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Autonomous shuttle service launches in downtown Indy

A fleet of Lexus vehicles and a wheelchair-accessible shuttle give free rides around downtown — without someone driving.

INDIANAPOLIS — Self-driving shuttles are now on the streets of Indianapolis, taking people to work and school downtown.

The pilot program is a first for Indianapolis through May Mobility, the Toyota Mobility Foundation and Energy Systems Network.

Sharing the road in Indy, buses trucks and cars now have unique company.

An autonomous shuttle system of self-driving cars is connecting IUPUI, parts of downtown and linking to the IndyGo Red Line.

The five Lexus vehicles and a wheelchair-accessible shuttle give free rides weekdays from 7 a.m. to 7 p.m.

The nine stops along the service loop are trackable online.

"There's more technology in that vehicle than all the cars we have combined," said Paul Mitchell, president and CEO of Energy Systems Network. "The goal of this is to learn...but also to expose people to this new reality of self-driving vehicles that is gonna be here. It's here now with this program, but over the next 10 to 15 years, we're going to see a lot of self-driving vehicles on the road."

Credit: WTHR/Jennie Runevitch
May Mobility, the Toyota Mobility Foundation and Energy Systems Network brought a fleet of five Lexus vehicles to Indianapolis.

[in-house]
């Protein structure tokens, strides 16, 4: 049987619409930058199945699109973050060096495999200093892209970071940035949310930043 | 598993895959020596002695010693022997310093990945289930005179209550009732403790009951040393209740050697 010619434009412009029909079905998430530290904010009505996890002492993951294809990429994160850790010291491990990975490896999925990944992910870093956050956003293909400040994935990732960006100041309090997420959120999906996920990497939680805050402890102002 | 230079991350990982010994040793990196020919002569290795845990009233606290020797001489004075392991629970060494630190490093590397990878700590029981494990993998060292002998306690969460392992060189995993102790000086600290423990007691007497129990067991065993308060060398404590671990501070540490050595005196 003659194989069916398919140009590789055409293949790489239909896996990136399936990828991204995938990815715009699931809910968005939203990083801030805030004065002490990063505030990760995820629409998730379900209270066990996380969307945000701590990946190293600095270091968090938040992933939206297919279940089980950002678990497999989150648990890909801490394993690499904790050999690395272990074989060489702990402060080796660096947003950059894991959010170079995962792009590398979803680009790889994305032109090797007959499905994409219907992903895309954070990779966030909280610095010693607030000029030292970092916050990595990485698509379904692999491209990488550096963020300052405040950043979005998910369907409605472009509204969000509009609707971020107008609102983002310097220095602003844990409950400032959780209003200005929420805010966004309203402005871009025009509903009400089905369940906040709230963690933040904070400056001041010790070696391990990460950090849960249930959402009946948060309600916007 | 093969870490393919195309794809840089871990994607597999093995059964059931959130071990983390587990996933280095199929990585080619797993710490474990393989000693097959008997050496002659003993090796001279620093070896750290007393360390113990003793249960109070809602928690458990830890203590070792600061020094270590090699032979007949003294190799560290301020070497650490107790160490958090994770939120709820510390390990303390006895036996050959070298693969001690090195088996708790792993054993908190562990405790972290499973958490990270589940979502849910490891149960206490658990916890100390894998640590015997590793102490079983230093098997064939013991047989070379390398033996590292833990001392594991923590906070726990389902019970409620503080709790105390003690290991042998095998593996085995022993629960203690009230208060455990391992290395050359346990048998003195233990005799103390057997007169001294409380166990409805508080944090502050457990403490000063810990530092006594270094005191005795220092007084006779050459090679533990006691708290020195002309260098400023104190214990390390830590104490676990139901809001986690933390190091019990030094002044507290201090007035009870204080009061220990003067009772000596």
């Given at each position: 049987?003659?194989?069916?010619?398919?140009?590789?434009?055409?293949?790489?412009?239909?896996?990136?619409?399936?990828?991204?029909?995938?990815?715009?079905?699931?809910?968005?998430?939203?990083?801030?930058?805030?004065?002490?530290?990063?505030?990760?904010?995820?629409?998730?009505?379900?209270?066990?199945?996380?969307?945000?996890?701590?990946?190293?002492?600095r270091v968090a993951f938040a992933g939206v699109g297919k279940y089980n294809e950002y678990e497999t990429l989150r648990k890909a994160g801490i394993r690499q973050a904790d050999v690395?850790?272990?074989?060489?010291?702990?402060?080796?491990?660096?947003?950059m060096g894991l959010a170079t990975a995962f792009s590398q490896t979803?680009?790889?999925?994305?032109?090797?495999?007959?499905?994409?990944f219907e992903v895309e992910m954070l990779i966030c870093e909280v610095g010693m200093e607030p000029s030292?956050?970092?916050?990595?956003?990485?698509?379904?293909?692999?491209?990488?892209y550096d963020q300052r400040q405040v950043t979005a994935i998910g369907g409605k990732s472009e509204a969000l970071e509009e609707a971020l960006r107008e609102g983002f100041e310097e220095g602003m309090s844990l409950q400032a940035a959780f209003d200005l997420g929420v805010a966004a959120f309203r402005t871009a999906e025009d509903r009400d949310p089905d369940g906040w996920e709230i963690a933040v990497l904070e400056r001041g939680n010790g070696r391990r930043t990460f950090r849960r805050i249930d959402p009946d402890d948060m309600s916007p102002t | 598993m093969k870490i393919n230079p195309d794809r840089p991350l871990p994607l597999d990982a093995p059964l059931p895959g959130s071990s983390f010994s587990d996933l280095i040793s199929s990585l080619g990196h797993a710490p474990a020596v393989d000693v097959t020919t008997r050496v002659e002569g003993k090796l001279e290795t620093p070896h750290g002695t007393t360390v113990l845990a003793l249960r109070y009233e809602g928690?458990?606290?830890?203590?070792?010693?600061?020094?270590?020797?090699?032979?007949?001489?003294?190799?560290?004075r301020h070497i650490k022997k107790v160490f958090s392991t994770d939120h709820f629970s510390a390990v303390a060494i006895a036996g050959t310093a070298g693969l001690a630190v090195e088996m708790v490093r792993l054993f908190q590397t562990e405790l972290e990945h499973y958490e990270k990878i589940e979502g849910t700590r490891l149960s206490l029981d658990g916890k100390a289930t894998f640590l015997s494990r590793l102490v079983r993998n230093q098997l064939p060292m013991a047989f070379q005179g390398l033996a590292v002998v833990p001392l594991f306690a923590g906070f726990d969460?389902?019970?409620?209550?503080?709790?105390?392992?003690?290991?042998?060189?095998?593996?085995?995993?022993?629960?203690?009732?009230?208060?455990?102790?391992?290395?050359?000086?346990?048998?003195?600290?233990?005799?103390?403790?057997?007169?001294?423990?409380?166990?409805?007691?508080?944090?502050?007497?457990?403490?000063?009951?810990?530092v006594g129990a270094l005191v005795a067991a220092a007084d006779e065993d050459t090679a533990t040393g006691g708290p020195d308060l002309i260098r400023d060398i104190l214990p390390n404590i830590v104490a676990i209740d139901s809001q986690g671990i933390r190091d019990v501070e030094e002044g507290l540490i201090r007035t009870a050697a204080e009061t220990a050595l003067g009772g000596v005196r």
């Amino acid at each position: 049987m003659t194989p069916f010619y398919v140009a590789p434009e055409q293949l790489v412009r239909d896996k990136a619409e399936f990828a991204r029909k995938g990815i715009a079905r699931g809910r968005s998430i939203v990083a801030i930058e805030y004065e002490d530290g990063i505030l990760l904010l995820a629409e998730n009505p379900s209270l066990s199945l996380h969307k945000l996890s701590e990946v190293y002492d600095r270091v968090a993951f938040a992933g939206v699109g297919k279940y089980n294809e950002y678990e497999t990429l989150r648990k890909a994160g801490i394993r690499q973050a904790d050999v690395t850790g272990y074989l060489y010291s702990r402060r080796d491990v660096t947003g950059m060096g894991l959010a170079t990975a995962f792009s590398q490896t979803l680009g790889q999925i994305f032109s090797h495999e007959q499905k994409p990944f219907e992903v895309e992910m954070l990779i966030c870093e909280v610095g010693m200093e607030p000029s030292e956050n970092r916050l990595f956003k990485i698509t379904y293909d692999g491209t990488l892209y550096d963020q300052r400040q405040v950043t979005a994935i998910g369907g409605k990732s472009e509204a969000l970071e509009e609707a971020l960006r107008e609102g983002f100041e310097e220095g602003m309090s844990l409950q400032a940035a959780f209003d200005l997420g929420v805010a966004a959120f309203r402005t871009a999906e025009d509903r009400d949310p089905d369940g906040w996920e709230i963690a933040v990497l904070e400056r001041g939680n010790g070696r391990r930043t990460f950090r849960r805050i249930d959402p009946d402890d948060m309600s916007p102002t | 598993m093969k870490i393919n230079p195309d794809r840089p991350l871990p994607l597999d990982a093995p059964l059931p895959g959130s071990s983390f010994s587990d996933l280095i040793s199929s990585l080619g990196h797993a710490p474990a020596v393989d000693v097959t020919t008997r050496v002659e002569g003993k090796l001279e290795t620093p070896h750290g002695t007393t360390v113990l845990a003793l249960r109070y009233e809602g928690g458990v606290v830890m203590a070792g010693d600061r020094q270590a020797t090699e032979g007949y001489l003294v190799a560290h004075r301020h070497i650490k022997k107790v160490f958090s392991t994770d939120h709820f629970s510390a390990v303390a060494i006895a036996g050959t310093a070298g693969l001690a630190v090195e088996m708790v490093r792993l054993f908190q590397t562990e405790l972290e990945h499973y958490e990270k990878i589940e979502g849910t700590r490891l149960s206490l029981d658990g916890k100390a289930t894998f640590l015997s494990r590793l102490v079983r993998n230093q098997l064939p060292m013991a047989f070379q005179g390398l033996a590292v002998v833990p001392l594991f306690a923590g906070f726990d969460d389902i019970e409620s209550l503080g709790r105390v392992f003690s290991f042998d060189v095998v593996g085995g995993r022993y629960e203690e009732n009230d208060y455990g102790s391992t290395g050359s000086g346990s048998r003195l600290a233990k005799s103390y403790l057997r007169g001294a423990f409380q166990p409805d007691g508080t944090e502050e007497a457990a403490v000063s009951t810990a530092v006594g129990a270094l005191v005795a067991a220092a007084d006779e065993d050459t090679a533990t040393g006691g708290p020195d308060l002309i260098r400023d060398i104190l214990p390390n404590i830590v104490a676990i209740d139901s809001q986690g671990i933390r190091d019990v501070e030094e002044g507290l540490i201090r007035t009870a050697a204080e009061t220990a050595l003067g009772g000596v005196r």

Other cities across the country have autonomous shuttle services already, but for central Indiana, it is brand new. To really get a sense of it, you have to take a ride.

Jordin Alexander works for the city of Fishers, which will start an autonomous shuttle program this winter.

During her first trip in a shuttle in Indy, she had Carlos Espinosa as her "fleet attendant."

Every shuttle has someone behind the wheel, just in case.

"Everything by the vehicle is being driven by itself: the steering wheel, the accelerator," Espinosa explained. "The car has 360 sensors that tell it what to do and anticipate what to do."

"What's the max speed for you guys?" Alexander asked him during the ride.

"On Michigan we travel like 22. The posted speed limit is 25," Espinosa answered.

Although Espinosa was in the driver's seat, he wasn't driving. Still, his hands stay at the ready in case he needs to take over in an unexpected emergency.

Alexander said the ride was pretty normal.

"You can't tell any different than being in a driver car. It doesn't feel necessarily different," she said, "except a little clunky for stopping."

We did notice braking is a little bit clunky, which takes some getting used to, but it feels like you're riding in a regular car with a regular driver.

After Indy's pilot program ends Nov. 19, they'll evaluate what's next. If the response is good, self-driving shuttles could be here to stay.

To take a look at the routes, the stops and a live view of the shuttles' locations, click here.

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